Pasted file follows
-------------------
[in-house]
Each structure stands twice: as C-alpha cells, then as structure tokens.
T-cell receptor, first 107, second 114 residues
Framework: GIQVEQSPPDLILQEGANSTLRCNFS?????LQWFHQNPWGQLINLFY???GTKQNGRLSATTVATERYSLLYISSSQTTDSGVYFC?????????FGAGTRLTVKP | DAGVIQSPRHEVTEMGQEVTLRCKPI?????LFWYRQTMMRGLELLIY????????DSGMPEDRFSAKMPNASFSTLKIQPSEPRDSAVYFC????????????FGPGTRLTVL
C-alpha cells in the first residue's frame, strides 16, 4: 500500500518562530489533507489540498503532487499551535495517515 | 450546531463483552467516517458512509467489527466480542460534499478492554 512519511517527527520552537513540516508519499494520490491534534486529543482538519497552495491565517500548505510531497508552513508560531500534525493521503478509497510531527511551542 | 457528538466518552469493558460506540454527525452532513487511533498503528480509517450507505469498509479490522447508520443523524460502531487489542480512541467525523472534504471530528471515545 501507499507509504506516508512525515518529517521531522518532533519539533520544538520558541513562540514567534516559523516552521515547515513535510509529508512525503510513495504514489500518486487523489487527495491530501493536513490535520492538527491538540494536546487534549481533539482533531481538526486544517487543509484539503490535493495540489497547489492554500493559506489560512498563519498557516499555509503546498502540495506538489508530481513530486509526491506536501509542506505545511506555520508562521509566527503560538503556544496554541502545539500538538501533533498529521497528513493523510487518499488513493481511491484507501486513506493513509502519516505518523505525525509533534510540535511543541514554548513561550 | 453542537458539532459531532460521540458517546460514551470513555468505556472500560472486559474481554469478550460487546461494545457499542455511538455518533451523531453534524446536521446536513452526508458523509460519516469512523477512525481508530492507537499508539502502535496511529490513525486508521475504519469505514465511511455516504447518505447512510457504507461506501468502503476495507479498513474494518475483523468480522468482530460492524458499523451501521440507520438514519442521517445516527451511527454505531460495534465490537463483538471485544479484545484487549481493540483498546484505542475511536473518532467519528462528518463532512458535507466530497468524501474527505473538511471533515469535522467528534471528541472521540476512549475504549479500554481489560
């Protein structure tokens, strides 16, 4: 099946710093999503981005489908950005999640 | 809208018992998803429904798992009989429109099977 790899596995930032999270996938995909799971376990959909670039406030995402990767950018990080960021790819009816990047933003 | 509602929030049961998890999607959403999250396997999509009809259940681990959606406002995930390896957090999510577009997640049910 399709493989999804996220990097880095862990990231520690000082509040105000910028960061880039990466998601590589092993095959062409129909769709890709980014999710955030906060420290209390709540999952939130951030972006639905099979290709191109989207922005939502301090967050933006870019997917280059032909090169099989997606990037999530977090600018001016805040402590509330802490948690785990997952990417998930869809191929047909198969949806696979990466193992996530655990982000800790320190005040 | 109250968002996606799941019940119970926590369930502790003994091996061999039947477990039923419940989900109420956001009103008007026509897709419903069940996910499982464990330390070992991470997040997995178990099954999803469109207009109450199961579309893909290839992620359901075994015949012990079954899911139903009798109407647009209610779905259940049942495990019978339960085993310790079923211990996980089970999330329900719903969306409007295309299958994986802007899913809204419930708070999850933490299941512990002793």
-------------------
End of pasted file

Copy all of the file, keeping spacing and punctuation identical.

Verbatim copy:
[in-house]
Each structure stands twice: as C-alpha cells, then as structure tokens.
T-cell receptor, first 107, second 114 residues
Framework: GIQVEQSPPDLILQEGANSTLRCNFS?????LQWFHQNPWGQLINLFY???GTKQNGRLSATTVATERYSLLYISSSQTTDSGVYFC?????????FGAGTRLTVKP | DAGVIQSPRHEVTEMGQEVTLRCKPI?????LFWYRQTMMRGLELLIY????????DSGMPEDRFSAKMPNASFSTLKIQPSEPRDSAVYFC????????????FGPGTRLTVL
C-alpha cells in the first residue's frame, strides 16, 4: 500500500518562530489533507489540498503532487499551535495517515 | 450546531463483552467516517458512509467489527466480542460534499478492554 512519511517527527520552537513540516508519499494520490491534534486529543482538519497552495491565517500548505510531497508552513508560531500534525493521503478509497510531527511551542 | 457528538466518552469493558460506540454527525452532513487511533498503528480509517450507505469498509479490522447508520443523524460502531487489542480512541467525523472534504471530528471515545 501507499507509504506516508512525515518529517521531522518532533519539533520544538520558541513562540514567534516559523516552521515547515513535510509529508512525503510513495504514489500518486487523489487527495491530501493536513490535520492538527491538540494536546487534549481533539482533531481538526486544517487543509484539503490535493495540489497547489492554500493559506489560512498563519498557516499555509503546498502540495506538489508530481513530486509526491506536501509542506505545511506555520508562521509566527503560538503556544496554541502545539500538538501533533498529521497528513493523510487518499488513493481511491484507501486513506493513509502519516505518523505525525509533534510540535511543541514554548513561550 | 453542537458539532459531532460521540458517546460514551470513555468505556472500560472486559474481554469478550460487546461494545457499542455511538455518533451523531453534524446536521446536513452526508458523509460519516469512523477512525481508530492507537499508539502502535496511529490513525486508521475504519469505514465511511455516504447518505447512510457504507461506501468502503476495507479498513474494518475483523468480522468482530460492524458499523451501521440507520438514519442521517445516527451511527454505531460495534465490537463483538471485544479484545484487549481493540483498546484505542475511536473518532467519528462528518463532512458535507466530497468524501474527505473538511471533515469535522467528534471528541472521540476512549475504549479500554481489560
């Protein structure tokens, strides 16, 4: 099946710093999503981005489908950005999640 | 809208018992998803429904798992009989429109099977 790899596995930032999270996938995909799971376990959909670039406030995402990767950018990080960021790819009816990047933003 | 509602929030049961998890999607959403999250396997999509009809259940681990959606406002995930390896957090999510577009997640049910 399709493989999804996220990097880095862990990231520690000082509040105000910028960061880039990466998601590589092993095959062409129909769709890709980014999710955030906060420290209390709540999952939130951030972006639905099979290709191109989207922005939502301090967050933006870019997917280059032909090169099989997606990037999530977090600018001016805040402590509330802490948690785990997952990417998930869809191929047909198969949806696979990466193992996530655990982000800790320190005040 | 109250968002996606799941019940119970926590369930502790003994091996061999039947477990039923419940989900109420956001009103008007026509897709419903069940996910499982464990330390070992991470997040997995178990099954999803469109207009109450199961579309893909290839992620359901075994015949012990079954899911139903009798109407647009209610779905259940049942495990019978339960085993310790079923211990996980089970999330329900719903969306409007295309299958994986802007899913809204419930708070999850933490299941512990002793």